Libraries in Bury are set to become more self-service after plans to move them into community hubs were shelved by council leaders.
The proposals were no longer judged to be cost effective and the budget shortfall is to be met by job losses.
The original plans involved moving Radcliffe Library into Radcliffe Civic Hall, Unsworth Library into Sunnybank Community Centre and transferring disability day services into Prestwich Library.
Instead, the libraries will remain open and the ruling Labour authority have said the equivalent of 20.25 staff will be lost to reduce £570,000 from its annual budget of £3.2 million.
There will be investment of £156,400 into ‘self service’ including equipment, furniture and IT at the council’s main libraries. Cllr Jane Lewis, cabinet member for leisure, tourism and culture, told last Wednesday’s Bury Cabinet meeting: “It is a no-win situation. It is regretful as we were aiming to do something innovative to protect the library service, but I would say that we are not doing nothing. We are investing in self-service technology.
“All 17 libraries are remaining open for now while surrounding authorities are not doing the same.”
The decision was met with criticism from opposition councillors, and Bury Conservative leader Iain Gartside blasted the announcement of job losses.
Cllr Gartside said: “I was shocked just as many other people were when I first read this report. The possibility of staff redundancies was mentioned in the first report in April but the scale of the redundancies did come as a shock to me and many other people.”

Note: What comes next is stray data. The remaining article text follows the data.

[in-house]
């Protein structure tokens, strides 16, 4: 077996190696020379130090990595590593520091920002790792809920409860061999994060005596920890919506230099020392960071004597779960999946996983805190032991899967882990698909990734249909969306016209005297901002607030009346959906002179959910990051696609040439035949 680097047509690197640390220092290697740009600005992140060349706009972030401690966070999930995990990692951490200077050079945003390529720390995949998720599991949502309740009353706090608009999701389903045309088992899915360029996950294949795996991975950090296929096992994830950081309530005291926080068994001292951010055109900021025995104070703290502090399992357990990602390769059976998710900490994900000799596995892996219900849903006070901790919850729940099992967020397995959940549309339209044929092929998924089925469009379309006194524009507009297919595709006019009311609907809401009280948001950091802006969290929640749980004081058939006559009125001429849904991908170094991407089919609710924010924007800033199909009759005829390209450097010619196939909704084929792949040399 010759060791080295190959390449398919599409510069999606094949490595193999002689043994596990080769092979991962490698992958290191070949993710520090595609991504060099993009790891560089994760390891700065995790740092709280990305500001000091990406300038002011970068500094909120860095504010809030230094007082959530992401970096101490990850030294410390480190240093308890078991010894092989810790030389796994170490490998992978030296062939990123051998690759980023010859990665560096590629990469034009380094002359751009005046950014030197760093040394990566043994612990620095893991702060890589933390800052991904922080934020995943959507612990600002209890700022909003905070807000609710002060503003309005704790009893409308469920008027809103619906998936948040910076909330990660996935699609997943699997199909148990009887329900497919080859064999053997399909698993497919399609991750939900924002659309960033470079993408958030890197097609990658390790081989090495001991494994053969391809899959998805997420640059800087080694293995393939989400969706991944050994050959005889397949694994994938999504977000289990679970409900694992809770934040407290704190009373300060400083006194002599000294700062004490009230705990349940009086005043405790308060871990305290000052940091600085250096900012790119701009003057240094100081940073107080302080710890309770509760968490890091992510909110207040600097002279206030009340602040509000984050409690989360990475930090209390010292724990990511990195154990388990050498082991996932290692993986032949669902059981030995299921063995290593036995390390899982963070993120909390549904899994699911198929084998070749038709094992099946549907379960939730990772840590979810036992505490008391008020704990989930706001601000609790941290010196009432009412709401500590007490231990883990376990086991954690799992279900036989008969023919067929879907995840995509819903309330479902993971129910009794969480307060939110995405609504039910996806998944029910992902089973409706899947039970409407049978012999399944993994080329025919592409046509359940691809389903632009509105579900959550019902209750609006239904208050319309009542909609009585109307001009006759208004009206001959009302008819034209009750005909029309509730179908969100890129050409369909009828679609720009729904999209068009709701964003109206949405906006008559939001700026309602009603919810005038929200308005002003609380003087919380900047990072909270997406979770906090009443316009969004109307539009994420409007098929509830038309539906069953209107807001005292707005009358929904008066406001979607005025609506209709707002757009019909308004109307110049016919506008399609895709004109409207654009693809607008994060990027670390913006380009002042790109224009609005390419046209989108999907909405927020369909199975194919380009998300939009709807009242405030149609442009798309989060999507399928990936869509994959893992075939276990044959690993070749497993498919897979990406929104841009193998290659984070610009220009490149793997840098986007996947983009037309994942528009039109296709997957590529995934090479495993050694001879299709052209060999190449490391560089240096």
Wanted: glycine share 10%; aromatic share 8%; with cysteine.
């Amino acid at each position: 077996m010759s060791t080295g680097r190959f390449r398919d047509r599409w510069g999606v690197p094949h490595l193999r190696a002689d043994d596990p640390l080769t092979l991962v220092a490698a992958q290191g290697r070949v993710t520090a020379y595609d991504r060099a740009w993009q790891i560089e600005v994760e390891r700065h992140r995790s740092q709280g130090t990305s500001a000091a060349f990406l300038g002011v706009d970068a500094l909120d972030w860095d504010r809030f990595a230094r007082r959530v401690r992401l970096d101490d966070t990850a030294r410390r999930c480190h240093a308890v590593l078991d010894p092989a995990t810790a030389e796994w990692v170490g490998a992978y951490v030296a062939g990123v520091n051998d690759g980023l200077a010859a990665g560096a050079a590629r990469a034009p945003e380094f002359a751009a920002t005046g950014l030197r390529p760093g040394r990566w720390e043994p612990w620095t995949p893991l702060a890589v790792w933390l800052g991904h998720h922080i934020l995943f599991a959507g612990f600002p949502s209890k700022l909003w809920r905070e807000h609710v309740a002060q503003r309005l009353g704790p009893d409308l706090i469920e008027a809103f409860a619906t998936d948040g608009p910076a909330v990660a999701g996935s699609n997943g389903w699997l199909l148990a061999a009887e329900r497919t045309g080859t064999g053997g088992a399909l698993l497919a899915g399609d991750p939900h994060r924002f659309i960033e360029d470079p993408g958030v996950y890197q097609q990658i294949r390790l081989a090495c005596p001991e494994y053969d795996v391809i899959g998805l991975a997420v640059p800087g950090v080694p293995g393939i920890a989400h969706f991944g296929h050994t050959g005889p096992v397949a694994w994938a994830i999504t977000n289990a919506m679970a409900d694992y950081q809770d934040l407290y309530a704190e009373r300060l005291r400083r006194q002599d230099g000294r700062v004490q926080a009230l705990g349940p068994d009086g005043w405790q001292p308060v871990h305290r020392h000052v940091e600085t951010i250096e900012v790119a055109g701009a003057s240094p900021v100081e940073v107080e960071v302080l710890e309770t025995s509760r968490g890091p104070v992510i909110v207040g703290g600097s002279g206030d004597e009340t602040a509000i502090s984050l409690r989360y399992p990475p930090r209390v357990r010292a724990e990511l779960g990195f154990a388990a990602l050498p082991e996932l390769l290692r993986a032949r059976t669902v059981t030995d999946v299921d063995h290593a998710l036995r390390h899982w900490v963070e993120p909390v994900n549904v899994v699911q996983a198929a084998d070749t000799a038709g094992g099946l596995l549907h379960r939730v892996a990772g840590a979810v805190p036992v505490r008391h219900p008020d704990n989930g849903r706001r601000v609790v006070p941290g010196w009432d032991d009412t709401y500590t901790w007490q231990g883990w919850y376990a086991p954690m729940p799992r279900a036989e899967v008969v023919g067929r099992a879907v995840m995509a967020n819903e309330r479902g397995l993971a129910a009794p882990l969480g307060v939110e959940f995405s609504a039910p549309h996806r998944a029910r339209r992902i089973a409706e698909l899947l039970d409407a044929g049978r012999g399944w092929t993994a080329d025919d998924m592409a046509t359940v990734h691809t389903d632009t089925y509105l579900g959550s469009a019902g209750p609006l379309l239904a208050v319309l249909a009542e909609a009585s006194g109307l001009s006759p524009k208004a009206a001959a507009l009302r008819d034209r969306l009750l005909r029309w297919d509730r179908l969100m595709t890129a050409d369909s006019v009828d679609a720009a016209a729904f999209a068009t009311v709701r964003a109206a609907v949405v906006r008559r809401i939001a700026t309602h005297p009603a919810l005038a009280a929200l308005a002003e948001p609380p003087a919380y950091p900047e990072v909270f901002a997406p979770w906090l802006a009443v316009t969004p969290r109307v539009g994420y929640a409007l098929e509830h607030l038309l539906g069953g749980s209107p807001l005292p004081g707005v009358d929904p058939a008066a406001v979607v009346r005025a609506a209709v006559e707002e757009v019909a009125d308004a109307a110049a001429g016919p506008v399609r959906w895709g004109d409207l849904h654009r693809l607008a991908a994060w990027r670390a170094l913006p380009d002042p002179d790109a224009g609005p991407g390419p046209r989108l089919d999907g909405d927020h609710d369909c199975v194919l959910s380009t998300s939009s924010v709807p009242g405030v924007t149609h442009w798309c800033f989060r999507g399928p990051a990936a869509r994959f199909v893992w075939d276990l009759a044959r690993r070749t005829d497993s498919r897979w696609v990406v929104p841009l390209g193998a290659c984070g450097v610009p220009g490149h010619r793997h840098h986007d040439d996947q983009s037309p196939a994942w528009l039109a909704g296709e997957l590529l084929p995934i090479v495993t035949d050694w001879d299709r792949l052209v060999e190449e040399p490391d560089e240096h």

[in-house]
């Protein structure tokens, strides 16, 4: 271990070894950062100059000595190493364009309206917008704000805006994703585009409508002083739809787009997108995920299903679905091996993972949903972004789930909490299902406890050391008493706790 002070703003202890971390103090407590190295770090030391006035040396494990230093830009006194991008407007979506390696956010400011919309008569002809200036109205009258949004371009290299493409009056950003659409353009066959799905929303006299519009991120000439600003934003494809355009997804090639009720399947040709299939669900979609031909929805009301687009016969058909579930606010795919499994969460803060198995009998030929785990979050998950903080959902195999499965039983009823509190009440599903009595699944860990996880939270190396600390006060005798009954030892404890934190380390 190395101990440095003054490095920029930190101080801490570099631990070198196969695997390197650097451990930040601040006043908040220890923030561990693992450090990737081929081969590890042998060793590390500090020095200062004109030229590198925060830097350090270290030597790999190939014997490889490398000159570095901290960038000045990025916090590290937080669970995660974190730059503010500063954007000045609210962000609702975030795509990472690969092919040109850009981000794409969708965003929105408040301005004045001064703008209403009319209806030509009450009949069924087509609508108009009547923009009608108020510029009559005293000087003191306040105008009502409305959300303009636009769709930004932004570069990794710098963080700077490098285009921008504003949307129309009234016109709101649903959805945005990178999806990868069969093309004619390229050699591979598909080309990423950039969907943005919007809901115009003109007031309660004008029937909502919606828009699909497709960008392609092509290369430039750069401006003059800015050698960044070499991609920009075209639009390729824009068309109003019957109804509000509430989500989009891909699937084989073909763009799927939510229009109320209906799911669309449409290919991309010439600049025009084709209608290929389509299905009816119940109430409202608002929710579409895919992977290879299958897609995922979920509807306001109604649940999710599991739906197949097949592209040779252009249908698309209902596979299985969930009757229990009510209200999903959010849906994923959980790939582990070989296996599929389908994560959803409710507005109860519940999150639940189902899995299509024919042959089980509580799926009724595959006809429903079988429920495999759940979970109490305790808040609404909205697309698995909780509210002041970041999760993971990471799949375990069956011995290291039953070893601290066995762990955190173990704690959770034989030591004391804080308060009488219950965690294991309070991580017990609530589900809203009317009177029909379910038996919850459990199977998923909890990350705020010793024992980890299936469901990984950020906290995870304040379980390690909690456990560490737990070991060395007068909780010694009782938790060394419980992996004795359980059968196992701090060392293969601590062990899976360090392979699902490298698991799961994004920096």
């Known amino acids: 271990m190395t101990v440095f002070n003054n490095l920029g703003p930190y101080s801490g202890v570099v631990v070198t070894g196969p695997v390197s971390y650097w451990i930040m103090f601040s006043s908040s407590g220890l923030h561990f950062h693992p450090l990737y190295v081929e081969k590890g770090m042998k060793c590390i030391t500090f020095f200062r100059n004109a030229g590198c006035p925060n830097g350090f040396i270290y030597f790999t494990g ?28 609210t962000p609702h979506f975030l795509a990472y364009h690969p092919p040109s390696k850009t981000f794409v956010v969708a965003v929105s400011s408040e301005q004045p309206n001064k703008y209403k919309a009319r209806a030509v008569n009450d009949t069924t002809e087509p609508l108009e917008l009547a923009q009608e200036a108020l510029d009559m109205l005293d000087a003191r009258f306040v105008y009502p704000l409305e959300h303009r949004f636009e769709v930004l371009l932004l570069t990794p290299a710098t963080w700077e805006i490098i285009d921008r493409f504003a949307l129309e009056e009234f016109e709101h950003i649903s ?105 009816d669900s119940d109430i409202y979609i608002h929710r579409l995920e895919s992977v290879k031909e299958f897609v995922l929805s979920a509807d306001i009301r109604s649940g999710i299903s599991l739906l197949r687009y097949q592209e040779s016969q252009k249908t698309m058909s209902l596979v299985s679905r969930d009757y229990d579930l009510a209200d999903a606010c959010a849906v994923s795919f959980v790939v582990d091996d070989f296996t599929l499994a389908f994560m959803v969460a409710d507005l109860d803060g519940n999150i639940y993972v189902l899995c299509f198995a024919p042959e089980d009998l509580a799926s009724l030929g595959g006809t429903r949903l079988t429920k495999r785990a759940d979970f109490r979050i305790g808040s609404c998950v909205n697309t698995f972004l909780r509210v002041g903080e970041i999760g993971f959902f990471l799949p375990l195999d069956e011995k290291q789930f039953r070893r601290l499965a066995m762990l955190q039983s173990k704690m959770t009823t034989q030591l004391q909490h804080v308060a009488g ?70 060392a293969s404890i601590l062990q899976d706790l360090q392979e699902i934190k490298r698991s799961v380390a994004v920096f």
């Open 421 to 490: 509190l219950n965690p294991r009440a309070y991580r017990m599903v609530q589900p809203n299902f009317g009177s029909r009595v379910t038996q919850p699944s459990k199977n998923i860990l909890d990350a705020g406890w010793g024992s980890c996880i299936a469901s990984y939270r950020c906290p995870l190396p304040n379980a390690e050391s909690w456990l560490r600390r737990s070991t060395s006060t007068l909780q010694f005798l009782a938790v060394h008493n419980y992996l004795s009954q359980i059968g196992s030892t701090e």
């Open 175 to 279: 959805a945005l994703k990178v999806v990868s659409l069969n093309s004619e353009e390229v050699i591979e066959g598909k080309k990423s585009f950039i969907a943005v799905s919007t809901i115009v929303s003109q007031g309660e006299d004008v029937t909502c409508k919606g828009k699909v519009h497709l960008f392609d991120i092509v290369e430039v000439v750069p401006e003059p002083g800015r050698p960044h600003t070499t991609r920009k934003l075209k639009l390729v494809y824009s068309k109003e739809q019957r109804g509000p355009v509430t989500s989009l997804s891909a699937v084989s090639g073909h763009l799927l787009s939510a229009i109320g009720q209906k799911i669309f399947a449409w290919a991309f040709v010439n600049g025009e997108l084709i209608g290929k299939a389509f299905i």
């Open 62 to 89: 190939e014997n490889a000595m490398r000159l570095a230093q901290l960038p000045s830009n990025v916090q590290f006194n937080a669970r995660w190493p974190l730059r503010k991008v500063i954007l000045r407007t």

Labour councillors blamed the decision on cuts from central government announced during the recent spending review for 2015/16, but Cllr Gartside said Bury Council should shoulder some of the responsibility.
Cllr Gartside added: “It is all very easy to blame someone else and I am not going to do that and as the servants of Bury it is our role to find a way out of these situations. Money is being spent on other things.
“As the elected representatives of Bury it is up to us and the responsibility lies with this council and not the government.”
The age of the buildings proposed and the cost to make them fit for purpose were highlighted, with Bury Liberal Democrat leader Tim Pickstone saying these considerations should have been made before the public consultation was held.
Cllr Pickstone added: “We know that the future after 2015 is not looking rosy and we are going to have to make changes, I think by doing nothing at this point there has been a real lost opportunity.
“It feels wrong that we have started this process when there were stumbling blocks instead of seeing what the stumbling blocks were beforehand.
The consultation found support was broadly positive for the concept of community venues, but when specific locations were mentioned reaction became more negative.